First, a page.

White Winter Winery

White Winter Winery: Planning Leads Mead-maker Home

After 20 years, the mead, cider and spirits business had a decision to make. The SBDC was there to help with a plan for a phased expansion in Iron River instead of moving to another city.

White Winter Winery Founder Jon Hamilton grew up in a beekeeping family and began exploring beekeeping himself in the eighth grade. For a business opportunity using the family’s honey supply, he turned to value-added products, because “There’s not a lot of money in raw honey,” Jon said. “We looked at home-brewing, which led to mead—why not? Nobody else is doing it.”

That kicked off two years of research to develop recipes and the brewing process. Jon and his wife Kim launched White Winter in Iron River, near Bayfield, in January 1996. The winery opened to the public in June and sold its first products that November. White Winter specializes in mead (18 styles), hard cider (4 styles) and spirits (3-6 styles), using locally grown ingredients.

SBDC a source of research

Before launching his business, Jon’s research led him to the small business development center at UW-Superior, which serves northern Wisconsin. The SBDC provided basic market research and connected Jon with a marketing class that completed a field survey. “We tried to fill in the blanks in our knowledge,” Jon said. “The results convinced us that a craft beverage company could succeed.”

As the company’s 20th anniversary approached, it was time to strategize for the next 20 years. Jon had maintained a relationship with the SBDC at UW-Superior over the years. In 2016 he approached the SBDC again. UW-Superior Director Andy Donahue recalled, “Jon had a decision to make: stay in Iron River but move to a new facility, or relocate to the Superior-Duluth area.” Iron River’s permanent population of about 1,000 swells to over 10,000 with summer tourism. “Dealing with seasonality is a big aspect of their strategic plan,” Andy said.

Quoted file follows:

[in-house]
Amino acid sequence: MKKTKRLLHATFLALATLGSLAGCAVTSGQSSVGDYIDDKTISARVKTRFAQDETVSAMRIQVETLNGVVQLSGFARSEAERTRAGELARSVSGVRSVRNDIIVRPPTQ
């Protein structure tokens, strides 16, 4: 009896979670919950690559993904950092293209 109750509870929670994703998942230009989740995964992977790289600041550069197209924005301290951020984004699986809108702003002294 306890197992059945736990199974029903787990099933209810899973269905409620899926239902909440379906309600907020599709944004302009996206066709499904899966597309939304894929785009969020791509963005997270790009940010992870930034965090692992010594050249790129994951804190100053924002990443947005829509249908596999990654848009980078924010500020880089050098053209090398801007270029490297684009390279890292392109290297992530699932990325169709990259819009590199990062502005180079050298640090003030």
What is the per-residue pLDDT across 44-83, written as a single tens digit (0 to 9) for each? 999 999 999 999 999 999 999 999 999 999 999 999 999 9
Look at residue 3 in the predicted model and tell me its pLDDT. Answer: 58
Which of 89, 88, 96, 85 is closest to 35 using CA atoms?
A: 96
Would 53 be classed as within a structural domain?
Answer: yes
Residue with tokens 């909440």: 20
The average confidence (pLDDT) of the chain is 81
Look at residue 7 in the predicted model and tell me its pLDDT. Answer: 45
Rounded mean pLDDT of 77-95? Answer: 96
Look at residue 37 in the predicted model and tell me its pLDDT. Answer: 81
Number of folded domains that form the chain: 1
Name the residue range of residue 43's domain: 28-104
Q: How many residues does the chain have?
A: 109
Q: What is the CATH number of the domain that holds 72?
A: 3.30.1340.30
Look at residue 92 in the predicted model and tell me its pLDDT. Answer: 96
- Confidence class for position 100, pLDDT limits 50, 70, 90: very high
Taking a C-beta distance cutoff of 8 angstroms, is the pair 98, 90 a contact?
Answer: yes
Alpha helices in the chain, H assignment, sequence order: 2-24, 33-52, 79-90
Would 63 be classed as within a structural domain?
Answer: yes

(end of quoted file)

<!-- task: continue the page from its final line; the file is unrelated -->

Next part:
Jon observed, “Our business is fairly complicated, because we have such a wide array of products at so many different price points and styles,” and state laws governing the distribution of alcohol adds complexity. Jon was grateful for the help of Andy’s team to put together financial projections.

Our business is complex. The SBDC helped with financial projections. Andy is very knowledgeable
John Hamilton
White Winter Winery
  • Financial projections
  • Decision support
  • Connections with economic development resources
Taking the emotion out of decisions

“Andy is very knowledgeable,” Jon said. He appreciated Andy’s site visits to get a well-rounded picture of the operation. Andy connected Jon with economic development resources in Douglas County and Bayfield County to explore each market’s potential. Andy recalled, “We did a financial analysis of the options, looking at what would be feasible.” Research demonstrated White Winter could have a viable business in the Duluth-Superior area, “but it would take considerable marketing effort to reestablish ourselves there,” Jon found. The strategic planning process led to White Winter Winery choosing phased expansion in Iron River. Jon’s plans include a 150-gallon still to increase production and a bigger building, custom-built to the winery’s needs.

Strategic planning is “about stepping back, taking the emotion out of it,” Jon said. “It has to make sense financially. Then I can start making decisions based on quality of life, the labor market, education, population.”

To fuel growth in Iron River, Jon is focusing on destination marketing. “That’s going to be the key—it’s building events to bring people in.” Andy added, “Jon was very open to ideas, what would be best for his business. The product is his passion.”